# Power generated by the steam turbine

• Joon
In summary, the conversation involves a person seeking help with a physics problem in an online forum. They are directed to the homework section and given guidance on how to solve the problem using the first law of thermodynamics for open systems. The concept of external energy is also clarified.

#### Joon

Moved from a technical forum, no template.
Hello,

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Hi,

first of all, your question seems to be homework or preparation for an exam, therefore you should have asked it in the homework's section using the template (so don't be surprised if it will be moved). Secondly, to get help for homework, the guidlines demand to show a real attempt to solve the problem by yourself, therefore please show us what you gave done so far (and have a look at the homework template).

However, I suppose you can assume the steady state operation of the turbine (and the compressor). You'll need the first law of thermodynamics for open systems.

Chestermiller
Oh my bad, I'm new to Physicsforums.
Where can I find the homework section?

For this question, I'm not really sure where to start. That's why I couldn't show what I had done.
I know the equation for work when the process is adiabatic but it didn't help me much.
It would be nice if you could give several steps to start with, then I might be able to solve on my own.
Thanks.

I've found the homework section, thanks.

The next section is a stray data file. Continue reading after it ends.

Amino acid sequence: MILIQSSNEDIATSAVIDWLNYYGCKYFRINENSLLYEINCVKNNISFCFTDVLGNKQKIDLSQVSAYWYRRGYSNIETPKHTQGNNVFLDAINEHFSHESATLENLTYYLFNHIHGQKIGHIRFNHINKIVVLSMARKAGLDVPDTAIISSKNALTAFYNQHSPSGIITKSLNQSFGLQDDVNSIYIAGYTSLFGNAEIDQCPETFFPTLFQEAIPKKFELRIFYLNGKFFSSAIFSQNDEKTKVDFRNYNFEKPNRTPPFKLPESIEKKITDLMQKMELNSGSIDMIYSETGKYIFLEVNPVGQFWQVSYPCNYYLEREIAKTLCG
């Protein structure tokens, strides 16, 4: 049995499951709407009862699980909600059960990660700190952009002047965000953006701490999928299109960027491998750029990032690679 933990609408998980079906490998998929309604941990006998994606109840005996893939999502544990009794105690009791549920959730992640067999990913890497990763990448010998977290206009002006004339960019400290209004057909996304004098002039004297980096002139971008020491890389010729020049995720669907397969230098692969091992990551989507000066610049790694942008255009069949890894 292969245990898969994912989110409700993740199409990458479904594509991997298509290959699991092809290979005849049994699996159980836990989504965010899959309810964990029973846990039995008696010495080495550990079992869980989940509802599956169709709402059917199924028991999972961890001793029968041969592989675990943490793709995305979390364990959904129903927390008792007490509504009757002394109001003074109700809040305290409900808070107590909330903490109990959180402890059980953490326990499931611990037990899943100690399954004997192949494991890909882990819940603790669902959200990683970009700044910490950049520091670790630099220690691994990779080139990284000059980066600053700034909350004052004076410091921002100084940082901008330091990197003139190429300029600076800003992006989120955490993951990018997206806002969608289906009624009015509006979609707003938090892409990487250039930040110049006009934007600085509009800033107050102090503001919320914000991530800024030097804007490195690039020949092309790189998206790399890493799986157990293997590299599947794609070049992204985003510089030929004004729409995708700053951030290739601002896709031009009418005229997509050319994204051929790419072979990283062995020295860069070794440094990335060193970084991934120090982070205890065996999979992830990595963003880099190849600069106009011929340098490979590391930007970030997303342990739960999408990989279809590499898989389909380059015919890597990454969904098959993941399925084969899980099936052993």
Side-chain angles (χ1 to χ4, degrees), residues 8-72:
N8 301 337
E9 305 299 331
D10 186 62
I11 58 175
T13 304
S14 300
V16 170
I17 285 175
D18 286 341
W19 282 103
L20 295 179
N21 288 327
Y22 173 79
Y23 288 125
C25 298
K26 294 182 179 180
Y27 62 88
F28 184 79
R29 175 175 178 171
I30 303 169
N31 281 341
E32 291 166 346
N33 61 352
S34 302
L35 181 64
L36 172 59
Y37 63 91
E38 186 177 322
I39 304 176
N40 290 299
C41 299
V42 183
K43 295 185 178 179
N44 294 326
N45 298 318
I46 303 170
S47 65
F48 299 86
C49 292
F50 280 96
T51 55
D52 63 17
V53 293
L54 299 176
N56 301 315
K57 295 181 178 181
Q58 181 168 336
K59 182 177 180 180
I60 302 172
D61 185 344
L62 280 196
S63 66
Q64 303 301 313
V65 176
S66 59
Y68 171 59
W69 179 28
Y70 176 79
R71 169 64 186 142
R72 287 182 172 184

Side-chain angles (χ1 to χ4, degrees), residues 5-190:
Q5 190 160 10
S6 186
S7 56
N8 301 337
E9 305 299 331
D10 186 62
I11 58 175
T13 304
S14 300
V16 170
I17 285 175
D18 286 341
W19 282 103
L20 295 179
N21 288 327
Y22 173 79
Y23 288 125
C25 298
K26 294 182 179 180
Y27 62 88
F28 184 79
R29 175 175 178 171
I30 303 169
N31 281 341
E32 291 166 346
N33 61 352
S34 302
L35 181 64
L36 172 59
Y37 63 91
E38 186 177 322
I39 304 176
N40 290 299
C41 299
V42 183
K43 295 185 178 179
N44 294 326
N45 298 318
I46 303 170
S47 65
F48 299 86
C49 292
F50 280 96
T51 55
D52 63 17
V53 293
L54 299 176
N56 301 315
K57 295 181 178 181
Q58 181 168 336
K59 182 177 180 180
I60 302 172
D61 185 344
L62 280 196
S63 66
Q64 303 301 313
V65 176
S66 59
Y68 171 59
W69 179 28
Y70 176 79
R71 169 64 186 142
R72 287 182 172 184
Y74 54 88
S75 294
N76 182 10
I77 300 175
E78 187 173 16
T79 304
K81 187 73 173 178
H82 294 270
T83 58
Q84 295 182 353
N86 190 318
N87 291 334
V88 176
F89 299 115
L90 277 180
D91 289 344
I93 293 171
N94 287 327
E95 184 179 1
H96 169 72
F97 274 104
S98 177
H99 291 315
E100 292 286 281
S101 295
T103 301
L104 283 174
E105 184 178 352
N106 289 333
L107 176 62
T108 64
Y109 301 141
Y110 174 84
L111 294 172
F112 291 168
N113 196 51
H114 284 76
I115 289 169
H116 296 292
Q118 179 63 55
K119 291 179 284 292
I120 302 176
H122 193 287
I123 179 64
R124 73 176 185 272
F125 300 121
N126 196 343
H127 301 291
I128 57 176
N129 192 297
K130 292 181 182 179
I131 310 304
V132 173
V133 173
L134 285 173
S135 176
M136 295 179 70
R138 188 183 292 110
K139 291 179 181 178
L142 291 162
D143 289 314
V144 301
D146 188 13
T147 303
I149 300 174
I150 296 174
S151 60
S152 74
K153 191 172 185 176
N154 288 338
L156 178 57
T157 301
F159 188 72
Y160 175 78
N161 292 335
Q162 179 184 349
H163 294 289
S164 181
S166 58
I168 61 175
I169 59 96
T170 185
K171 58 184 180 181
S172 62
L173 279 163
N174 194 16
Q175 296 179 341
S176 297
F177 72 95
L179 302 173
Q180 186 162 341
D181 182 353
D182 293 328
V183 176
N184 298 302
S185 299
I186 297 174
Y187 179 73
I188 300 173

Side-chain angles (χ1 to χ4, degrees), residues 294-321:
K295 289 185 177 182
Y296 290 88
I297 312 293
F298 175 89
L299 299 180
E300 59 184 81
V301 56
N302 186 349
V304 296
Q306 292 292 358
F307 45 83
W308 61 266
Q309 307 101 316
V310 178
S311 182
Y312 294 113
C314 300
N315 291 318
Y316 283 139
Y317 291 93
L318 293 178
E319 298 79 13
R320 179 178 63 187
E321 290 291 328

Joon said:
Oh my bad, I'm new to Physicsforums.
Where can I find the homework section?

Just click the link "FORUMS" in the header, the first block contains the homework section (template included, when you start a thread there).

Joon said:
For this question, I'm not really sure where to start.

You need the first law of thermodynamics for open systems, since mass enters/leaves the turbine it is not a closed system. The law reads

$$\delta Q +\delta W + \sum \left[\dot{m}_i \left(e_i+h_i \right] \right) = \Delta U + \Delta E$$,

##Q## ... heat
##W## ... work
##h## ... specific enthalpy
##e## ... specific external energy
##U## ...internal energy
##E## ... external energy

Now you can simply the formula with respect to your problem (i.e. which terms are equals zero?). Start with that, then you will see which data you need from the table.

stockzahn said:
Just click the link "FORUMS" in the header, the first block contains the homework section (template included, when you start a thread there).

You need the first law of thermodynamics for open systems, since mass enters/leaves the turbine it is not a closed system. The law reads

$$\delta Q +\delta W + \sum \left[\dot{m}_i \left(e_i+h_i \right] \right) = \Delta U + \Delta E$$,

##Q## ... heat
##W## ... work
##h## ... specific enthalpy
##e## ... specific external energy
##U## ...internal energy
##E## ... external energy

Now you can simply the formula with respect to your problem (i.e. which terms are equals zero?). Start with that, then you will see which data you need from the table.
I think by external energy you mean, in more familiar terminology, the sum of gravitational potential energy and kinetic energy.

Chestermiller said:
I think by external energy you mean, in more familiar terminology, the sum of gravitational potential energy and kinetic energy.

Yes, I do. Is exernal energy the wrong or an uncommon expression? Probably I should look up the technical vocabulary ...